mtDNA Tree

Swinging in the mtDNA Tree

In the Internet there are various charts and tables of information on the mtDNA Haplogroups.  This information can be of detailed technical data and difficult to apply to genealogy. In order to better see how my family fits into the genealogy of Europe I have redrawn the charts in a way that adds time into the tree.

We all know that trees have their roots in the ground and the branches grow up and out. And that is the way I have drawn my trees, the trunk of the tree (which is the ancient past) is at the bottom of the page and the branches grow up and out.  At the top of the chart are the people of the world today, you and me, and since the only mtDNA that is tested is of people of the recent past we will all be on the same level at the top of the page. Yes there are a few cases of mtDNA from teeth and bones old skeletons and mummies but I will ignore those.  I started with published chart of mtDNA tree from page 3 of Ref. 1.  It looks like this:
World mtDNA tree
This is more than I needed so I trimmed the tree to be Haplogroup N [mostly European] and I rotated the tree with the trunk down and the branches up. Then I put a time scale in the vertical with TODAY at the top and 70,000 Years Before Present (YBP) at the bottom. I have used black circles to mark the approximate year when the "founding woman" of each group lived.  If there is no black circle on a line I have not found an estimated time for that part of the mtDNA Tree.
Haplogroup N thumb
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Toward the top of the chart there is a box CRS this is the Cambridge Reference Sequence. The CRS is the "standard" mtDNA sequence used to compare all other mtDNA samples. The person who's mtDNA was chosen as the reference is of Haplogroup H.  This standard is not in the center of the Haplogroup H star but is out on one point.  When one has their mtDNA tested the results will be reported as changes, called mutations, relative to the CRS. There are two types of test "course" which test the HVR1 section of your mtDNA and "fine" which tests both HVR1 and HVR2. The charts here have been made using the "fine" tests. I am in Haplogroup J and my report is this:
HVR1 haplogroup J, with mutations 16069T 16126C 16519C; HVR2  Mutations  73G    185A  228A  263G  295T  315.1C  462T  489C
There are some mutations that happen so often they are ignored. These sites are 303, 311, 315 and 16519
If these are a "usual" mutation the letter is left and we have this:
mtDNA mutations 16069 16126 73 185  228  263  295  462  489
The route on the chart below will start at the CRS then go down the tree from CRS to R (R is found toward the bottom middle of the page.) From R  go right up the tree to JT then up to J.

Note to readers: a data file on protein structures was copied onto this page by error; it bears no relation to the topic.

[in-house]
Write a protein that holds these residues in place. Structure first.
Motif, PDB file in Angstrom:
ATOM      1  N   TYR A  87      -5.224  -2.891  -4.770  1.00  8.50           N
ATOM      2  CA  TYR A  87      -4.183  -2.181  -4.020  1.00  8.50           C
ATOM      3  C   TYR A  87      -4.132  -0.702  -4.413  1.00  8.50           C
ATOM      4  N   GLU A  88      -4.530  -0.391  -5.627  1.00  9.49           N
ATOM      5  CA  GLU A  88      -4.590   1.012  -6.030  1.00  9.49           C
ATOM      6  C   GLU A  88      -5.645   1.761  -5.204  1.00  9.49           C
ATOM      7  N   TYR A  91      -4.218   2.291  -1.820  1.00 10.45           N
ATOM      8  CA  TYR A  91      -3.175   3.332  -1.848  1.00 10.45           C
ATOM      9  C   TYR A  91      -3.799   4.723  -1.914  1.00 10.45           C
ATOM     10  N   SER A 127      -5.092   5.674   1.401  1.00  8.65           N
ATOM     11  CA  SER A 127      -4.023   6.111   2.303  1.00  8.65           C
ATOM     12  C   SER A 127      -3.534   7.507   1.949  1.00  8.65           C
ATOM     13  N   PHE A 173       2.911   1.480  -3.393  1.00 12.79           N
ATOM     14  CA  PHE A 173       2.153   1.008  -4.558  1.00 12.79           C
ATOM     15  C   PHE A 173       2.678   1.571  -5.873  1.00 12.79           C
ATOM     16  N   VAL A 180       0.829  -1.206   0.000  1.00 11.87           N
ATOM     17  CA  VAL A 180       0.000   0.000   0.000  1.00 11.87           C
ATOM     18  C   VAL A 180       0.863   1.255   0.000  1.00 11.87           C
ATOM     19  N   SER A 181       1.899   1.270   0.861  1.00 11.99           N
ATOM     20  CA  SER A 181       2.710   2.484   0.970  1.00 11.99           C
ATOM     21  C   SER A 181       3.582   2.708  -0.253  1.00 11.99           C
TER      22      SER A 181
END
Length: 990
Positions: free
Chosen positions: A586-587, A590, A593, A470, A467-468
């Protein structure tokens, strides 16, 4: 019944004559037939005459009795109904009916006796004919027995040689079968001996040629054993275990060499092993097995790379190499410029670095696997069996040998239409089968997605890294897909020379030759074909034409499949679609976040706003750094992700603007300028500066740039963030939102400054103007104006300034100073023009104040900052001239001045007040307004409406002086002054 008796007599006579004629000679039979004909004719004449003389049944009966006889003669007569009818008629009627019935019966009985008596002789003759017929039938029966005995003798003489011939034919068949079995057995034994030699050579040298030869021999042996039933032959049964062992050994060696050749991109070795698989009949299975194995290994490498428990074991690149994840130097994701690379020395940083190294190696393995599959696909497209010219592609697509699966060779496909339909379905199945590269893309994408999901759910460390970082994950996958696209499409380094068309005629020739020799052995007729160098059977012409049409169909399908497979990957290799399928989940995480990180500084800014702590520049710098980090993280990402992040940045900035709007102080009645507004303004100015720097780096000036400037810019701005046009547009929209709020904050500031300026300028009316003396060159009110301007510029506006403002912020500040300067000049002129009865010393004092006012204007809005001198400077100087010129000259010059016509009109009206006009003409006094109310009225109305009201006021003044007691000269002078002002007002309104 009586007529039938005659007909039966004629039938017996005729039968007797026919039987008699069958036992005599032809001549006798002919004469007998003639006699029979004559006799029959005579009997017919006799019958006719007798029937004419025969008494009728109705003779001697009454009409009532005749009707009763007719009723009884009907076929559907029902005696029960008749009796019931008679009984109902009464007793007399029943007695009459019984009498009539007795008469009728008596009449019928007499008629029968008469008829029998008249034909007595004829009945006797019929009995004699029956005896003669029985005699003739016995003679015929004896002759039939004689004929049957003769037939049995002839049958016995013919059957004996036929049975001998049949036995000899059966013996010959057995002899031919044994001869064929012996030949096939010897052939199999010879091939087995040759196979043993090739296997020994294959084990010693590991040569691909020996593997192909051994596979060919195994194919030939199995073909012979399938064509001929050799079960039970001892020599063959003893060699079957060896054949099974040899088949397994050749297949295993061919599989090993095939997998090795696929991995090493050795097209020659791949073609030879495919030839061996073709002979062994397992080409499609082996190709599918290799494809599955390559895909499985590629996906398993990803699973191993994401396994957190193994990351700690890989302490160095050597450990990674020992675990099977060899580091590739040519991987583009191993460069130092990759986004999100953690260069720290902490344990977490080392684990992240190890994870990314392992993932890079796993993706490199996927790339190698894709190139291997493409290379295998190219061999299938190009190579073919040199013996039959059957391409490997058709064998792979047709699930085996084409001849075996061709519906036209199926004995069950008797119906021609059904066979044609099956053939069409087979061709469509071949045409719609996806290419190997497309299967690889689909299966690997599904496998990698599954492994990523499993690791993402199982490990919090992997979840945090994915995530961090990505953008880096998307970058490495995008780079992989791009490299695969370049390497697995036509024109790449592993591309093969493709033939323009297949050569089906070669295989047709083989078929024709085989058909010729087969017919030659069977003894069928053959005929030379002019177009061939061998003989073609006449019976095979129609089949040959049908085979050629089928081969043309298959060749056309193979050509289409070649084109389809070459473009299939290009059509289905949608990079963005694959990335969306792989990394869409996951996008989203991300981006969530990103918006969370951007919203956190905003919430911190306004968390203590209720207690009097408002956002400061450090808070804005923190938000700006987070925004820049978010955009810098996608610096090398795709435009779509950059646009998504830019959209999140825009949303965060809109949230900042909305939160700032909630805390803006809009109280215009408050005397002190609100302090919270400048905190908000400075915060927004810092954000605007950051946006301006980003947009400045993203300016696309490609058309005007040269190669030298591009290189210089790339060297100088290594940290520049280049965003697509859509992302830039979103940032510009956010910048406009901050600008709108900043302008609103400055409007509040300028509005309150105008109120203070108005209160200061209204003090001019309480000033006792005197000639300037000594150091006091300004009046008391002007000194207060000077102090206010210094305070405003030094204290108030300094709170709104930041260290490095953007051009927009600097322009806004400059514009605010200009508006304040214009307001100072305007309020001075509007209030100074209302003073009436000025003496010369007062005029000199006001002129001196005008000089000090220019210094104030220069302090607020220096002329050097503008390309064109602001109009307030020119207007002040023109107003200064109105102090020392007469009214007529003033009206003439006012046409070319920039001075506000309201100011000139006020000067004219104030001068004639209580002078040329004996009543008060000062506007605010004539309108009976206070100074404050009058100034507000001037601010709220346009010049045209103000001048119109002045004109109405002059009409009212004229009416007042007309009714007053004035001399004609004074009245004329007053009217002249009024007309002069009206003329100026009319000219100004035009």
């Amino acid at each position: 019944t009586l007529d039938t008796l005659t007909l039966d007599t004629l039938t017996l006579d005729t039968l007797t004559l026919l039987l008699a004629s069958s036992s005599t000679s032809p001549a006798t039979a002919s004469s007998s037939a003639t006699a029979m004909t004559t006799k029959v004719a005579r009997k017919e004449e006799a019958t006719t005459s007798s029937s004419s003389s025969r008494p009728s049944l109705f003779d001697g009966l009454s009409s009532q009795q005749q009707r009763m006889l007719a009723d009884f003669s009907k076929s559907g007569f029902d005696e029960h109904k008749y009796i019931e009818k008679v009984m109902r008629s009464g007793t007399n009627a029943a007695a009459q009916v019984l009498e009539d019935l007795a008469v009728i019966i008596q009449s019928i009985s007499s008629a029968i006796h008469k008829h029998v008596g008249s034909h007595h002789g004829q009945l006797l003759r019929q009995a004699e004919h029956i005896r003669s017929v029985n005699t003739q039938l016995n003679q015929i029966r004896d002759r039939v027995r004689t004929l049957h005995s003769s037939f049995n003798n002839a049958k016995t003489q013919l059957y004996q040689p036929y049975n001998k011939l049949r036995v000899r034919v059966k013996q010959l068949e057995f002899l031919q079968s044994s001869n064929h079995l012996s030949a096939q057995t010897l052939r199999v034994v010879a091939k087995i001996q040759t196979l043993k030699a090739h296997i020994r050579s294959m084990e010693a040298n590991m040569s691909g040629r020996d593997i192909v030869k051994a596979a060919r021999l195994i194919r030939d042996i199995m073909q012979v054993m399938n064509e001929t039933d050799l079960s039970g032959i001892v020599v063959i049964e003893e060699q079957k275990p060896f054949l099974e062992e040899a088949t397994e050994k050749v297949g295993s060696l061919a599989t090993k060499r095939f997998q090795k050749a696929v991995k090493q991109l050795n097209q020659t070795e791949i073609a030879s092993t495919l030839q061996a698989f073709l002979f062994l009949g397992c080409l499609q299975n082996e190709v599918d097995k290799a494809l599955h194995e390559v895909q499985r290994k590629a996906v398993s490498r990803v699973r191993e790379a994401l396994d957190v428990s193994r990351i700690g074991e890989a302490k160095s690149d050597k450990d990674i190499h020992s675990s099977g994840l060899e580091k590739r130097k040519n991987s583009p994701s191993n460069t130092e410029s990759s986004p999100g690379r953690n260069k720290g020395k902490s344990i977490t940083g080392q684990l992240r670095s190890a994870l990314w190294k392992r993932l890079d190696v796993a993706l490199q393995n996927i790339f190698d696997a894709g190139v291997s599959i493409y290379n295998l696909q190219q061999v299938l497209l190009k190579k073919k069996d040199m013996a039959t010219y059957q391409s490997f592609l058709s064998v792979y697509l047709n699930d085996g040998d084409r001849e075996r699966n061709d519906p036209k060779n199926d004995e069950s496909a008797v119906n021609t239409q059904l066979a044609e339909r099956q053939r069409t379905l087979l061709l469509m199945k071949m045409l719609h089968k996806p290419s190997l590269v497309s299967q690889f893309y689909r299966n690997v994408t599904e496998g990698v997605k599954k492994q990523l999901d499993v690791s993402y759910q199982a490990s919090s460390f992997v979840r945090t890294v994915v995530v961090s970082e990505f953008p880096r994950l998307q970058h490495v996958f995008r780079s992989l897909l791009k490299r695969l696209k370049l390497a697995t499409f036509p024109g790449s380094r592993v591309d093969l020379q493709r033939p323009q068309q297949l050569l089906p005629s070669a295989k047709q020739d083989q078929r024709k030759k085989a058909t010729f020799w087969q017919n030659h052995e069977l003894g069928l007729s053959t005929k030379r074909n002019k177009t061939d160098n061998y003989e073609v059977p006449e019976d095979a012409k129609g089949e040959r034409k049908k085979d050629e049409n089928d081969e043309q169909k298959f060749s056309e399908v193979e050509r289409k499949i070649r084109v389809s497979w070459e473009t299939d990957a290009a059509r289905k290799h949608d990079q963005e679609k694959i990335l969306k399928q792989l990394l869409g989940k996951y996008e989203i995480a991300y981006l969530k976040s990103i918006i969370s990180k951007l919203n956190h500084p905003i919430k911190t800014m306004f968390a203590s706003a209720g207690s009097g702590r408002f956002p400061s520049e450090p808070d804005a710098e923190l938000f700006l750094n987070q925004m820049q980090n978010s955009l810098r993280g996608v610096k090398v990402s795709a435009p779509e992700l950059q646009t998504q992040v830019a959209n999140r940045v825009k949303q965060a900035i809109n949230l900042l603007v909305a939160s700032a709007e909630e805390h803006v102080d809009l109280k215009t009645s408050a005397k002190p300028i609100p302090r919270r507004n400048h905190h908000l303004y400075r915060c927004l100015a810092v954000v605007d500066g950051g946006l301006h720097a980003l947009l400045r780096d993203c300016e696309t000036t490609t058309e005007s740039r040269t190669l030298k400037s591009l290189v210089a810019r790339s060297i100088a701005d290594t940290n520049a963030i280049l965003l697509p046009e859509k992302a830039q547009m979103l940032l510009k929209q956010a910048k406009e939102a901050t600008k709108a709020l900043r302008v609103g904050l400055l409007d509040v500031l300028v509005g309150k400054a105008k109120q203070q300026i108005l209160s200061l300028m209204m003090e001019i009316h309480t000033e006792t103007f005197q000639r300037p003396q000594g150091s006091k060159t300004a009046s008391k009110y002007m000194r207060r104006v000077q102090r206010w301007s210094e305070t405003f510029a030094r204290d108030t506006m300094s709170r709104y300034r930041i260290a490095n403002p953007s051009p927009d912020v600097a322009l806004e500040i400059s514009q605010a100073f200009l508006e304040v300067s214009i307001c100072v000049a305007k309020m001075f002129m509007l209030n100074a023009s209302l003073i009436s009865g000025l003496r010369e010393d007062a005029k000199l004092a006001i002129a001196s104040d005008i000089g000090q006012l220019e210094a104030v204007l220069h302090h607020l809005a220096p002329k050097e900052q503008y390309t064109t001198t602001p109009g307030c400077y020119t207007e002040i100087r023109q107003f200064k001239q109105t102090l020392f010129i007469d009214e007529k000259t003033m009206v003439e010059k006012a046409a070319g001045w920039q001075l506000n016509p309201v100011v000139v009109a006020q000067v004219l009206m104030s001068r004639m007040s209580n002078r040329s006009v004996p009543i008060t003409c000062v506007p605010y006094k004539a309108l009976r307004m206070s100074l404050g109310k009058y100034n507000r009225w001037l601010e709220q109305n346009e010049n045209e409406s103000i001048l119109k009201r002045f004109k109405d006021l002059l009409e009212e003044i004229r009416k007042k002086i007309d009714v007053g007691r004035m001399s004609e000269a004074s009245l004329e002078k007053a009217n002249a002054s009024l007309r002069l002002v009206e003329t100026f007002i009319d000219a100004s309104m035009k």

This next chart adds in the mutations as found in Ref. 4.
Haplogroup N with mutations
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The mutations from CRS to J would be:
  1. 263 to move from CRS down (back in time) to H
  2. [None] to move from H to HV
  3. @73 to move from HV down to R - note these two mutations cover 60,000 years of human history
  4. 16126 will move up the tree from R to JT
  5. 16069, 489 and 205 will move up the tree to J - note these 4 mutations cover 40,000 years of human history.
  6. The remaining three mutations, 185, 228 and 462, are part of the subdivision of J and can be seen in the J chart later.
So in going from CRS to the founding woman of  Haplogroup J there are 6 mutations over a combined time of 100,000 years.
One would expect that the further away you are from CRS the more mutations you will see. This is true but only to a degree since the mutations are random and happen so slowly.

More Mutations

In this next chart I have added in the mutations from Ref. 5
Haplogroup N with combined mutations

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Haplogroups J and K

Because my parents were descendants of the women who founded Haplogroup J and Haplogroup K these have been expanded in more detail. The format is same, that is "today" is at the top, and the base of the tree is at the bottom. Over time we may get enough data to place a time on some of the mutations, but for now all we know is they happened between the time of the founder and today.  There are very few samples that make up these charts so your results may not be included. These are redrawn from Refs. 4, 12 and 13. The chart was then expanded with data taken from I have also added in haplotypes from various individuals as they have sent me their results.